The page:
Fraternities never appealed to me. I love friends as much as the next fella, but it all felt a little cult-like to me. Throw in the idea of hazing and how toxic some of them felt, to say the least, and I was happy to not be invited to their parties. So, I see something like The Line as preaching to the choir. Now, this movie has the right take on the subject, it just doesn’t attack with any sort of a new angle. This flick may be new and debuting at the 2023 Tribeca Film Festival, but it’s something we’ve seen before.
The Line is a flawed look at a subject well worth exploring. I just wish there was more here than just what you’d expect. By the end, almost everything that you’d expect to happen has happened, without much else. A strong central performance and a feel that this is taken from similar events in real life prevents this from being anything mediocre, but it’s a bit frustrating to watch a film come up just a touch short.
Tom Backster (Alex Wolff) is a brother in very good standing at a fictional university fraternity. He’s the only one able to deal with his obnoxious frat brother and roommate, Mitch Miller (Bo Mitchell), for one. Plus, he’s even been eyed by fraternity President Todd Stevens (Lewis Pullman) as a potential successor. For someone of far less status than most of his brothers, this is a way to a better life. Mitch may have money and power from his parents, but succeeding her will set Tom up forever. Two things are about to stand in his way, however, putting him in the center of a power struggle.
One is that his brothers, Mitch especially, don’t like his budding relationship with Annabelle Bascom (Halle Bailey), who doesn’t look like the girls most of them bed. The other issue is that Todd has taken a shine to Gettys O’Brien (Austin Abrams), a new pledge that Mitch despises. Gettys hates him right back, leading to Tom being caught in the middle of something very combustible.
Alex Wolff’s performance is nearly enough to recommend this movie on its own. The difference in how he acts and talks around his mother, as opposed to the frat, it’s really engaging. He’s always a compelling actor to watch, so this is really no surprise, just a pleasure. No one else in the cast matches him, though Halle Bailey is a more complex character than you’d expect. Bo Mitchell is the spoiled jerk you know fraternities are rife with, while Austin Abrams plays a solid counterpoint to the sophomoric brothers he seeks to join. Supporting players, aside from Lewis Pullman, include John Malkovich, Scoot McNairy, Cheri Oteri, Denise Richards, and more.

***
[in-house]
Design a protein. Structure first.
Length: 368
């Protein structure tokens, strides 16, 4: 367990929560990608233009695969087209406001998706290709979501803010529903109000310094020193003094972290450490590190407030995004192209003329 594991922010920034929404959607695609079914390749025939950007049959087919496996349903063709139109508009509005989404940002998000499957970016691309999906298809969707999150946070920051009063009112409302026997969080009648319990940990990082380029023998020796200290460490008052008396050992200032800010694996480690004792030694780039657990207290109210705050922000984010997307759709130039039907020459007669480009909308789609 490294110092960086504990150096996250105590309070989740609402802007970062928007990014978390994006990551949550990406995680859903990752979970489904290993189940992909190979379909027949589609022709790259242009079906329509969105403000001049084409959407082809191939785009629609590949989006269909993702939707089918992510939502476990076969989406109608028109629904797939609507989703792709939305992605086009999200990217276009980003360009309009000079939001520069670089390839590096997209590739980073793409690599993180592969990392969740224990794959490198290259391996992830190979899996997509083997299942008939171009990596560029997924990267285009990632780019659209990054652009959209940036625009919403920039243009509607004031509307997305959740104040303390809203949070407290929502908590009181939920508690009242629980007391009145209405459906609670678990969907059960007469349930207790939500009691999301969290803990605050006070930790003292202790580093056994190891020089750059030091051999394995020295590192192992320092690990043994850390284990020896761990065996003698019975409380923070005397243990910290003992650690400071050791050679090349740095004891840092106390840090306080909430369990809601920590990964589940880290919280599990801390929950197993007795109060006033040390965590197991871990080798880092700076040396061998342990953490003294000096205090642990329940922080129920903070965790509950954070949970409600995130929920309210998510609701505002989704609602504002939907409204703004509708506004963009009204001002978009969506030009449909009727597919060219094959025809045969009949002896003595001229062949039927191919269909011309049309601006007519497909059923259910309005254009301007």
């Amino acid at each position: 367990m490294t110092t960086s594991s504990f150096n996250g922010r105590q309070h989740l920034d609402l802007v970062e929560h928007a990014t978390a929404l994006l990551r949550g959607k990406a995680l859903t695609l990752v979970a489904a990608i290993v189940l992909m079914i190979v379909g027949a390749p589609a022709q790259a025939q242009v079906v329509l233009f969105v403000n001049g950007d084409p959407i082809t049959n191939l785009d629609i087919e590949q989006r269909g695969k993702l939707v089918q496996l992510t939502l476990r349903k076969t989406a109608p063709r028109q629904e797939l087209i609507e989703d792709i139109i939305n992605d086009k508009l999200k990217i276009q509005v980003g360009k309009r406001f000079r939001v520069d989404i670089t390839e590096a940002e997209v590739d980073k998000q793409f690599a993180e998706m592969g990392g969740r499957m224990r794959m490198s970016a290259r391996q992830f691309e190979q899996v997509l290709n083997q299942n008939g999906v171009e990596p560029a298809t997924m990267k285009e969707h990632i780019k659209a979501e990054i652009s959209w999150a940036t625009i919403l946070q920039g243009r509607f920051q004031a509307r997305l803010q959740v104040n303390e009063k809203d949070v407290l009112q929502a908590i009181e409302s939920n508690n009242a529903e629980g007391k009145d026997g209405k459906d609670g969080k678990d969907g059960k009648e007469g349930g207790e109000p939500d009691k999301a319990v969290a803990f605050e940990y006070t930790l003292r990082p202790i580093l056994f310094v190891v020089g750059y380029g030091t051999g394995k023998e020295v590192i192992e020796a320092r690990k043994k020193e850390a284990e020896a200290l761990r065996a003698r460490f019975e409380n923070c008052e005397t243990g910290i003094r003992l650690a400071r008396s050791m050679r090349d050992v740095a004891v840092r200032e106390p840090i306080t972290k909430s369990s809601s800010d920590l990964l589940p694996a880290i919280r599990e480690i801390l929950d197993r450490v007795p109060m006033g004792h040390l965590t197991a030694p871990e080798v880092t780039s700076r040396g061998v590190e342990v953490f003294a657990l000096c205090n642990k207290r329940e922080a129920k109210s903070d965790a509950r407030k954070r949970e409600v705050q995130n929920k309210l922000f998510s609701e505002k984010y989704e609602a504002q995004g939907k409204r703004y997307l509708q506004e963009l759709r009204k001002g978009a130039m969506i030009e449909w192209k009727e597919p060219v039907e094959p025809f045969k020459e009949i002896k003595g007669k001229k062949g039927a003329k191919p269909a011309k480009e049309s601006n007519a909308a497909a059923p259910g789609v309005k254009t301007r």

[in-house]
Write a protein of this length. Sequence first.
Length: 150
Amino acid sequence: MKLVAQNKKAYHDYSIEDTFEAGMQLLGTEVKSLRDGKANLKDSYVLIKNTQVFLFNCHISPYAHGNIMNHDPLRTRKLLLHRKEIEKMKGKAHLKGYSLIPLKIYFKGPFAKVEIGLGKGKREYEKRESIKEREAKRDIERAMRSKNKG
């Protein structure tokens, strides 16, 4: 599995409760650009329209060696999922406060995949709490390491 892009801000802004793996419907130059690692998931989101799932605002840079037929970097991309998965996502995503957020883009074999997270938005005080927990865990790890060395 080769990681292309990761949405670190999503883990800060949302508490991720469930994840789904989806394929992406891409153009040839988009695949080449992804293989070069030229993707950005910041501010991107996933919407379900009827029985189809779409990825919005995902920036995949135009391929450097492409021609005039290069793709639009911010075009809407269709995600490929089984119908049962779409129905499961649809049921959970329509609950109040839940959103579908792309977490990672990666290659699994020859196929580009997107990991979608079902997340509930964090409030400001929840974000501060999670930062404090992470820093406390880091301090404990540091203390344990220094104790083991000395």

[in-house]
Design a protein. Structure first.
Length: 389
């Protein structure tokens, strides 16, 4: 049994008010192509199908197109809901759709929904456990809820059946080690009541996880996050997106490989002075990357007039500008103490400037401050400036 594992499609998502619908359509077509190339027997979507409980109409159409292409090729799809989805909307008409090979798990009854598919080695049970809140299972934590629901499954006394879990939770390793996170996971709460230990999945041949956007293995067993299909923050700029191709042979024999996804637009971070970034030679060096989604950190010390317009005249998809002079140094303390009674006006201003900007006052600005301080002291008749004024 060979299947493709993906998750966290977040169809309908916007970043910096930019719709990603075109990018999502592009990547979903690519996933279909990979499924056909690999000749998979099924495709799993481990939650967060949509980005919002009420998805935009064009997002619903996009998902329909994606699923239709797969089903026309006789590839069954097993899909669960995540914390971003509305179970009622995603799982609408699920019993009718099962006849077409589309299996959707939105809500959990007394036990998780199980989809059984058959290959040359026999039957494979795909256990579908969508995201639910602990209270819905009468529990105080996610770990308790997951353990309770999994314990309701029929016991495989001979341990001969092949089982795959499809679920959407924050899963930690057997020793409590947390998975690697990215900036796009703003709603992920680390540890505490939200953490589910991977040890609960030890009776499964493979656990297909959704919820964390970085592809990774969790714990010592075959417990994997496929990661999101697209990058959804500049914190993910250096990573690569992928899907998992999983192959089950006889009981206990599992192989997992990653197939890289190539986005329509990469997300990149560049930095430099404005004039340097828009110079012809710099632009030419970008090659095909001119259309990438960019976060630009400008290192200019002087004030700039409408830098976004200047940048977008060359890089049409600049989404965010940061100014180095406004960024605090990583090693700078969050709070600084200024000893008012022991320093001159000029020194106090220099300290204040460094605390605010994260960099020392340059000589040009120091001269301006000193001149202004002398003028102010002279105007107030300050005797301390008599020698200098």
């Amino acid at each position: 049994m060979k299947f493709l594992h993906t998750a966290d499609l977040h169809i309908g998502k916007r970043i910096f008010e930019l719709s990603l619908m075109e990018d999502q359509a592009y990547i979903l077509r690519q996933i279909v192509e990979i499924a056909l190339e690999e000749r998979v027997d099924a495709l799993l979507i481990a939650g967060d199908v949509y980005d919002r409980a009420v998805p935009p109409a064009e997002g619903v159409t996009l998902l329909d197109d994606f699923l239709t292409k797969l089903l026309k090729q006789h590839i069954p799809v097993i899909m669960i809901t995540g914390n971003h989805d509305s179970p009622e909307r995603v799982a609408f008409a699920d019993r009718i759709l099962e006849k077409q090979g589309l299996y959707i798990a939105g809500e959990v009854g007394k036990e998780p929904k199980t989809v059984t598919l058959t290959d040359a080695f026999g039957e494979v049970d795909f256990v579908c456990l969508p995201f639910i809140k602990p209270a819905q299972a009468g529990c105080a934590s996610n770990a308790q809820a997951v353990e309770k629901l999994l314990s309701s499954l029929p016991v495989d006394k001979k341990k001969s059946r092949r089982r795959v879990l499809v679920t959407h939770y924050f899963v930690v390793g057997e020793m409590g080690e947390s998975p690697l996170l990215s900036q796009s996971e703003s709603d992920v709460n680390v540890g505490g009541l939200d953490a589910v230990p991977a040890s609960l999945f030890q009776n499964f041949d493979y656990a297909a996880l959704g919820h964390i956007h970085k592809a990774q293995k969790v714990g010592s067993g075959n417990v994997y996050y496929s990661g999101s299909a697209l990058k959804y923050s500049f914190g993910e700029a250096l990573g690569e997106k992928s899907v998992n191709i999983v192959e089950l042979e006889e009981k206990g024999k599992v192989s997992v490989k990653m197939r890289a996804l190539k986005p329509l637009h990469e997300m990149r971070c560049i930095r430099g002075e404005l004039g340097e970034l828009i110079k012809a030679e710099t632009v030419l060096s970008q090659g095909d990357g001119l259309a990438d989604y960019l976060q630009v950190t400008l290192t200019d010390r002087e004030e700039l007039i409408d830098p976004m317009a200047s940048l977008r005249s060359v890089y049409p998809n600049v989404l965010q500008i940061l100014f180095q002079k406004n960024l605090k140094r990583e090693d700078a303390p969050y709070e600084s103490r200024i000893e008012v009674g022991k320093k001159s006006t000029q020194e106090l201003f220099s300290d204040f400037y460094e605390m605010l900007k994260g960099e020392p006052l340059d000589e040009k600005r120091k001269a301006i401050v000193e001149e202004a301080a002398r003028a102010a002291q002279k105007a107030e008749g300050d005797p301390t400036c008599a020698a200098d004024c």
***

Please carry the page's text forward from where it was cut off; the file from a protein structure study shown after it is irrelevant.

Filmmaker Ethan Berger has a lot of pieces in place here, but it doesn’t fully come together. Berger’s direction is mostly strong, aside from some pacing issues. It’s the screenplay, which he penned with Zack Purdo and Alex Russek, that needed a bit more development. The ending in particular feels forced, obvious, and doesn’t say anything we didn’t already know. Had the third act gone in a different direction, this movie might have actually saved itself, as opposed to falling a bit short.
The Line is just shy of where you want it to be. This is as frustrating a Tribeca film as I’ve seen this year, since it’s so close to being something I can recommend. I suspect I’ll be in the minority here, but it would be false to not just say my truth. This movie isn’t bad, but it honestly should have been a bit better. Alas.